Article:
One of the more overlooked elements of an automotive EMC test plan is defining the grounding for the device under test (DUT) case and its load simulator. These are critical items that will not only affect the test results, but also the test repeatability. Even if the DUT and load simulator have a non-conductive case with no customer grounding installation requirements, this still needs to be defined for the EMC test lab.

Why is Grounding Important?

Military EMC standards historically helped form the basis from which the international automotive EMC standards were developed. From military EMC standard MIL-STD-461G [1]:

“Adequacy of bonding is usually one of the first areas reviewed when platform problems develop. Electrical bonding controls common mode voltages that develop between the equipment enclosures and the ground plane. Voltages potentially affecting the equipment will appear across the bonding interface when RF stresses are applied during susceptibility testing. Voltages will also develop due to internal circuit operation and will contribute to radiated emission profiles. Therefore, it is important that the test setup use actual bonding provisions so that test results are representative of the intended installation.”

Does the DUT Case Need to be Grounded?

The EMC test plan needs to be written with the understanding that the test lab does not know the product to be tested. The DUT description must include how its case is grounded based on customer installation requirements. In the automotive world, the vehicle architecture determines this. The DUT case can have either no connection to vehicle ground or be connected to vehicle ground (either directly or through a metal bracket). Therefore, the customer must be consulted to determine proper DUT case grounding during testing. Some customers may also allow or require a product be tested with its mounting bracket.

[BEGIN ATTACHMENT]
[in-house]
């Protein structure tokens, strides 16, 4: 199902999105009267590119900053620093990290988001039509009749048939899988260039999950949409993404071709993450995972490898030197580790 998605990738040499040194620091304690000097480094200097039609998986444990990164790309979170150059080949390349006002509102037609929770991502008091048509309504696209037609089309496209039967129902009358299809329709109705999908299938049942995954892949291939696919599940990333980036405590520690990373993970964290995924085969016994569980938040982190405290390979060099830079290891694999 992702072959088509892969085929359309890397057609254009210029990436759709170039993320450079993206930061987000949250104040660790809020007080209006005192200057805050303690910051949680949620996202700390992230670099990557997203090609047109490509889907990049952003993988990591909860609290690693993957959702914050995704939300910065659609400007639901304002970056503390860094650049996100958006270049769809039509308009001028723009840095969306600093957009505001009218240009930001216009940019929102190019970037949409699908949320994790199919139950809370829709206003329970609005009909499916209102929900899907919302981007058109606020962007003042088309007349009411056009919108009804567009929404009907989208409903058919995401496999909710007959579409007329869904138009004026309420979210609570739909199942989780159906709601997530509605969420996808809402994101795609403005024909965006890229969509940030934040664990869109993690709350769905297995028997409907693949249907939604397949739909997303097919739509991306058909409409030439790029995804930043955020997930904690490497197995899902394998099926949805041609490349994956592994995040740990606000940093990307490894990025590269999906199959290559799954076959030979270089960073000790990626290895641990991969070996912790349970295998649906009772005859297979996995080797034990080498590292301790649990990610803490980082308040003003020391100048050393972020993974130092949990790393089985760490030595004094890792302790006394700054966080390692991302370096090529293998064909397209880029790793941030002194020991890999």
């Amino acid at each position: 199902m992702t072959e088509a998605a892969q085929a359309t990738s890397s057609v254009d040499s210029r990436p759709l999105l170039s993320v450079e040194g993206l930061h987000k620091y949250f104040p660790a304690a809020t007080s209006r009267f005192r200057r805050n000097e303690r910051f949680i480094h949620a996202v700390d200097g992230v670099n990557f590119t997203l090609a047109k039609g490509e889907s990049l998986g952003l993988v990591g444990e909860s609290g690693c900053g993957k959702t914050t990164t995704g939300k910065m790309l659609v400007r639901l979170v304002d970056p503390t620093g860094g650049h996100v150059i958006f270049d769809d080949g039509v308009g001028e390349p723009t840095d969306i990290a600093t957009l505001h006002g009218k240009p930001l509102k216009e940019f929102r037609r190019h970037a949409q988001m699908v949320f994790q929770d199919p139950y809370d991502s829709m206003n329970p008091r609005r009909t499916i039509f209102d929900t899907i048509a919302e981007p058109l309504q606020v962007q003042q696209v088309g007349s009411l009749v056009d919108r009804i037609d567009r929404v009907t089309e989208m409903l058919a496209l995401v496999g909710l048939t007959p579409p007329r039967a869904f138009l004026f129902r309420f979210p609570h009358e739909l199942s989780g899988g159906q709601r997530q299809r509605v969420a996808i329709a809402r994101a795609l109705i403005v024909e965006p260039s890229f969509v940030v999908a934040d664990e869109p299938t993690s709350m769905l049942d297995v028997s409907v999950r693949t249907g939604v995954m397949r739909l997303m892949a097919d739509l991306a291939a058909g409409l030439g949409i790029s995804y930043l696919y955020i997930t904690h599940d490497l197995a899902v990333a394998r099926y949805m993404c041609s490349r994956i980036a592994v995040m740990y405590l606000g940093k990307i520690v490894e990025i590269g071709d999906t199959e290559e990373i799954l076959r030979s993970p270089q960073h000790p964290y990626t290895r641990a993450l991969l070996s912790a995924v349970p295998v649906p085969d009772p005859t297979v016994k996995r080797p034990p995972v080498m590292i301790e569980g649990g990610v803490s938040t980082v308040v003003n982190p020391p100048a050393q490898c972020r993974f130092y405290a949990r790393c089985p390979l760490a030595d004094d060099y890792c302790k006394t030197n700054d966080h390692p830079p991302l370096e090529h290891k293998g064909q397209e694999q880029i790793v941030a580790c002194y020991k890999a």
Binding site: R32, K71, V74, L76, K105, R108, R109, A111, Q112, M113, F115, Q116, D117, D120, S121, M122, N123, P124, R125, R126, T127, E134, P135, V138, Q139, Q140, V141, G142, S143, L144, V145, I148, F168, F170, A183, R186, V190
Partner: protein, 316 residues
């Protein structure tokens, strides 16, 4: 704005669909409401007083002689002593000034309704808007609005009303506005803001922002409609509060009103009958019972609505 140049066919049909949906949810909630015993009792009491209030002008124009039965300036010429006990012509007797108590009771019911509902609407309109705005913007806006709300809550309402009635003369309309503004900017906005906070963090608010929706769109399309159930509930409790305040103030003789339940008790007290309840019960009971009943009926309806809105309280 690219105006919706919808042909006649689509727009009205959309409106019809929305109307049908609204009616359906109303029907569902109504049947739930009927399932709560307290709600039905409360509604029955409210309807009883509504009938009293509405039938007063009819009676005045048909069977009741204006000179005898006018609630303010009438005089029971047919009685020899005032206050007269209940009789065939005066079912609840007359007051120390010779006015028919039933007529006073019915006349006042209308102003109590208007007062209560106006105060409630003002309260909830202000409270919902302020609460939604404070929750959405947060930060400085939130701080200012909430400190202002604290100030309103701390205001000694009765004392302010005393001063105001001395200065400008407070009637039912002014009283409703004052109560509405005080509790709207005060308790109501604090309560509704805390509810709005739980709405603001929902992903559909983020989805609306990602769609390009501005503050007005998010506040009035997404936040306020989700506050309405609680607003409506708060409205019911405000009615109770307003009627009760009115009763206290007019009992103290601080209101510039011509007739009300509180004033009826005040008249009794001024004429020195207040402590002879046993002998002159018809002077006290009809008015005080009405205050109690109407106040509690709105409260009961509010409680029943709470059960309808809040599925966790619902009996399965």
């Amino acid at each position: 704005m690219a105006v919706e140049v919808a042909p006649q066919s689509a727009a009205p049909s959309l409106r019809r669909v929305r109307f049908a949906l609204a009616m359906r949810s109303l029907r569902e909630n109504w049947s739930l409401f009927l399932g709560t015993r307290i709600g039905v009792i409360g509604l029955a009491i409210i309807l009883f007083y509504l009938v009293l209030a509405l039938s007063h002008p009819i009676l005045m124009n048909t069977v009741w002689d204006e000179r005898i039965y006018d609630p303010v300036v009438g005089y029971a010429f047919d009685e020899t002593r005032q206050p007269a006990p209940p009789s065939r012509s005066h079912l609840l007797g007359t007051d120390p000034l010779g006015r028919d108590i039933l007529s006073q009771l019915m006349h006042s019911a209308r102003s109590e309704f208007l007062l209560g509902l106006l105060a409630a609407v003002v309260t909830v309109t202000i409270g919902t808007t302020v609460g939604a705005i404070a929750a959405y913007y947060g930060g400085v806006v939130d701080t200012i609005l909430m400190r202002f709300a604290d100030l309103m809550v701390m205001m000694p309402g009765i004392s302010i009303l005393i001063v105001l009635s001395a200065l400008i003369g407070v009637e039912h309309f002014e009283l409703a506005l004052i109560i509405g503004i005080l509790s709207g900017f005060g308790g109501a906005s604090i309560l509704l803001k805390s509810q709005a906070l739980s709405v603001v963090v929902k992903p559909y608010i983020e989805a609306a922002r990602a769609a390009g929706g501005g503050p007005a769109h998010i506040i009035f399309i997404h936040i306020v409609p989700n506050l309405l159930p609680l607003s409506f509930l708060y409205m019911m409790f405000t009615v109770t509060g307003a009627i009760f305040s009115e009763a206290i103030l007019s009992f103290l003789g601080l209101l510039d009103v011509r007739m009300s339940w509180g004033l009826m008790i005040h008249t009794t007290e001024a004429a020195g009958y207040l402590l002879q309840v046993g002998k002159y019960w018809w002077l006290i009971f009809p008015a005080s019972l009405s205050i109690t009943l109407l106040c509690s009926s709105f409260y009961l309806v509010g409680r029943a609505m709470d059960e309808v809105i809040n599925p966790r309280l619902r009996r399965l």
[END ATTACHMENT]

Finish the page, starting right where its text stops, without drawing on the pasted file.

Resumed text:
Does the Load Simulator Need to be Grounded?

The load simulator is defined in ISO 11452-1 [2] as:

“physical device including real and/or simulated peripheral loads which are necessary to ensure DUT nominal and/or representative operation mode.”

Customer requirements typically determine how the load simulator is grounded. The customer may require either a non-conductive plastic or metallic enclosure be used for the load simulator. In some cases, actual loads may be allowed without an enclosure. Actual loads may be a seat motor, parking brake switch, wheel speed sensors, etc. This must be defined in the EMC test plan.

Typical Automotive Industry Standards Grounding Requirements

If the customer does not have defined grounding requirements, then automotive industry standards such as ISO and CISPR may be allowed by the customer.

DUT Case

This DUT case definition below is commonized between the ISO and CISPR standards.

“The DUT shall be placed on a non-conductive, low relative permittivity (dielectric-constant) material (εr ≤ 1,4), at (50 ± 5) mm above the ground plane. The case of the DUT shall not be grounded to the ground plane unless it is intended to simulate the actual vehicle configuration.” [3], [4], [5], [6].

Typically, EMC labs use foam insulation board to meet the non-conductive, low relative permittivity material requirement.

Load Simulator

This load simulator definition below is commonized between the ISO and CISPR standards.